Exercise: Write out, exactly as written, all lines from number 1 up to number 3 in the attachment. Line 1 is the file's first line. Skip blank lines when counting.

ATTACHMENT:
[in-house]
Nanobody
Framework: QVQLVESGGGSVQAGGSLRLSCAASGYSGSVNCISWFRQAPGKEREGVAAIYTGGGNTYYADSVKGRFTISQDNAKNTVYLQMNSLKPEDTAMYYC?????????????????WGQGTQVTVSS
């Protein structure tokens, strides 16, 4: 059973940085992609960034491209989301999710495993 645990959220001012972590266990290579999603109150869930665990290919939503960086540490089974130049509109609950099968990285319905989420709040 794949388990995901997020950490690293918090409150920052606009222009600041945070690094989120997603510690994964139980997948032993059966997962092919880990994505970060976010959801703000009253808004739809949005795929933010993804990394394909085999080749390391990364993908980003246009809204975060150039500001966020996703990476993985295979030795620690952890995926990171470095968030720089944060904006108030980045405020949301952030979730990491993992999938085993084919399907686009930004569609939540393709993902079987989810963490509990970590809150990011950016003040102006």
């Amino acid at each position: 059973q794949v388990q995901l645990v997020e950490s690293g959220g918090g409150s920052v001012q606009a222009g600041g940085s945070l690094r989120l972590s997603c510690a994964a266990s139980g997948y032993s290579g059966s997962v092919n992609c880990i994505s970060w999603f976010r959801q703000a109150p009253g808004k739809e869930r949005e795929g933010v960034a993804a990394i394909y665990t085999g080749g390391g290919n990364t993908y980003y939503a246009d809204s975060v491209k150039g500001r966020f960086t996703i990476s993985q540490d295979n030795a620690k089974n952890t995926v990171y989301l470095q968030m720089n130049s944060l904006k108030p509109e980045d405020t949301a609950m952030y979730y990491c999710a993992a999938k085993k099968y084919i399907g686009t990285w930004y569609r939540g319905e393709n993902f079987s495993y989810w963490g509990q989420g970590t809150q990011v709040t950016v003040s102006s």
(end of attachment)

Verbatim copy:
[in-house]
Nanobody
Framework: QVQLVESGGGSVQAGGSLRLSCAASGYSGSVNCISWFRQAPGKEREGVAAIYTGGGNTYYADSVKGRFTISQDNAKNTVYLQMNSLKPEDTAMYYC?????????????????WGQGTQVTVSS